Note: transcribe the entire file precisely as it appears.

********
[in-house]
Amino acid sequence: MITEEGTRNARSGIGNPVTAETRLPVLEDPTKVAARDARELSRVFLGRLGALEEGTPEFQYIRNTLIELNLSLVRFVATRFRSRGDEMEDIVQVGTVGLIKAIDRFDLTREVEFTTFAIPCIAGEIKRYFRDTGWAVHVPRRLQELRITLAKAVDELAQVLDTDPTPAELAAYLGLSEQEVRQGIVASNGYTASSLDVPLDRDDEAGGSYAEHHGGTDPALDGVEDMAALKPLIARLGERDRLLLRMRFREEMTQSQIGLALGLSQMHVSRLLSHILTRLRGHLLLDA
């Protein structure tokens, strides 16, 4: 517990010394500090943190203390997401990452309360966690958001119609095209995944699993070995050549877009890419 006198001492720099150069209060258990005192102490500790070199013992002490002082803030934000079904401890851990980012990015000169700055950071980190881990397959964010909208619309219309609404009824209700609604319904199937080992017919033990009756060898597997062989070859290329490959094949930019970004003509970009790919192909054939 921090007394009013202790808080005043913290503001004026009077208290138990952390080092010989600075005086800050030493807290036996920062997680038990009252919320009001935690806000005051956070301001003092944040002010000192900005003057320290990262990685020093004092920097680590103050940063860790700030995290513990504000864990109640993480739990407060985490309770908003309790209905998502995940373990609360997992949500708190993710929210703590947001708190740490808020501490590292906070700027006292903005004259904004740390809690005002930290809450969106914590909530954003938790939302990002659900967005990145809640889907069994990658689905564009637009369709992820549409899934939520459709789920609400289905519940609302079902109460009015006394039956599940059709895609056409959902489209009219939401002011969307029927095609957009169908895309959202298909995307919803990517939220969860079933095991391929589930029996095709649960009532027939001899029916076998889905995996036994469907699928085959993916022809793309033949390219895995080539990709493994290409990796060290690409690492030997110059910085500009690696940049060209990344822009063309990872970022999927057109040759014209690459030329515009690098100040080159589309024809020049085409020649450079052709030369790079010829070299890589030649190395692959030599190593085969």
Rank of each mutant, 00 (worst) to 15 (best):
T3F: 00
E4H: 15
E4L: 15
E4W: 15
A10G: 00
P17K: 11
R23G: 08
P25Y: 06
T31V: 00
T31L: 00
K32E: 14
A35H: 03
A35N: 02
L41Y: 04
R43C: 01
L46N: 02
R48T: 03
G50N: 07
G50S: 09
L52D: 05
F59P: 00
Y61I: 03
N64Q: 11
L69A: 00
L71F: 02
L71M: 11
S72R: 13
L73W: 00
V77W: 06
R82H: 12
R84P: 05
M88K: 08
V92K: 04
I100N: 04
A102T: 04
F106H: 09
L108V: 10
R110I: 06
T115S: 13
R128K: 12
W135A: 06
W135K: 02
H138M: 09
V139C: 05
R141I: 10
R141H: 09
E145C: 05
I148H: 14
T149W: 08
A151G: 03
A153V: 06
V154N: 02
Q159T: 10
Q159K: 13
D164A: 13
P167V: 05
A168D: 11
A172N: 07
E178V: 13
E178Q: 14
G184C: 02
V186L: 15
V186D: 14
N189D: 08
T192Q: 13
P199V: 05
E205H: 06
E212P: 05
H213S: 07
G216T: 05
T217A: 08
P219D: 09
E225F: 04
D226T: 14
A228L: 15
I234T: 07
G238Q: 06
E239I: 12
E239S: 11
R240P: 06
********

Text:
[in-house]
Amino acid sequence: MITEEGTRNARSGIGNPVTAETRLPVLEDPTKVAARDARELSRVFLGRLGALEEGTPEFQYIRNTLIELNLSLVRFVATRFRSRGDEMEDIVQVGTVGLIKAIDRFDLTREVEFTTFAIPCIAGEIKRYFRDTGWAVHVPRRLQELRITLAKAVDELAQVLDTDPTPAELAAYLGLSEQEVRQGIVASNGYTASSLDVPLDRDDEAGGSYAEHHGGTDPALDGVEDMAALKPLIARLGERDRLLLRMRFREEMTQSQIGLALGLSQMHVSRLLSHILTRLRGHLLLDA
């Protein structure tokens, strides 16, 4: 517990010394500090943190203390997401990452309360966690958001119609095209995944699993070995050549877009890419 006198001492720099150069209060258990005192102490500790070199013992002490002082803030934000079904401890851990980012990015000169700055950071980190881990397959964010909208619309219309609404009824209700609604319904199937080992017919033990009756060898597997062989070859290329490959094949930019970004003509970009790919192909054939 921090007394009013202790808080005043913290503001004026009077208290138990952390080092010989600075005086800050030493807290036996920062997680038990009252919320009001935690806000005051956070301001003092944040002010000192900005003057320290990262990685020093004092920097680590103050940063860790700030995290513990504000864990109640993480739990407060985490309770908003309790209905998502995940373990609360997992949500708190993710929210703590947001708190740490808020501490590292906070700027006292903005004259904004740390809690005002930290809450969106914590909530954003938790939302990002659900967005990145809640889907069994990658689905564009637009369709992820549409899934939520459709789920609400289905519940609302079902109460009015006394039956599940059709895609056409959902489209009219939401002011969307029927095609957009169908895309959202298909995307919803990517939220969860079933095991391929589930029996095709649960009532027939001899029916076998889905995996036994469907699928085959993916022809793309033949390219895995080539990709493994290409990796060290690409690492030997110059910085500009690696940049060209990344822009063309990872970022999927057109040759014209690459030329515009690098100040080159589309024809020049085409020649450079052709030369790079010829070299890589030649190395692959030599190593085969």
Rank of each mutant, 00 (worst) to 15 (best):
T3F: 00
E4H: 15
E4L: 15
E4W: 15
A10G: 00
P17K: 11
R23G: 08
P25Y: 06
T31V: 00
T31L: 00
K32E: 14
A35H: 03
A35N: 02
L41Y: 04
R43C: 01
L46N: 02
R48T: 03
G50N: 07
G50S: 09
L52D: 05
F59P: 00
Y61I: 03
N64Q: 11
L69A: 00
L71F: 02
L71M: 11
S72R: 13
L73W: 00
V77W: 06
R82H: 12
R84P: 05
M88K: 08
V92K: 04
I100N: 04
A102T: 04
F106H: 09
L108V: 10
R110I: 06
T115S: 13
R128K: 12
W135A: 06
W135K: 02
H138M: 09
V139C: 05
R141I: 10
R141H: 09
E145C: 05
I148H: 14
T149W: 08
A151G: 03
A153V: 06
V154N: 02
Q159T: 10
Q159K: 13
D164A: 13
P167V: 05
A168D: 11
A172N: 07
E178V: 13
E178Q: 14
G184C: 02
V186L: 15
V186D: 14
N189D: 08
T192Q: 13
P199V: 05
E205H: 06
E212P: 05
H213S: 07
G216T: 05
T217A: 08
P219D: 09
E225F: 04
D226T: 14
A228L: 15
I234T: 07
G238Q: 06
E239I: 12
E239S: 11
R240P: 06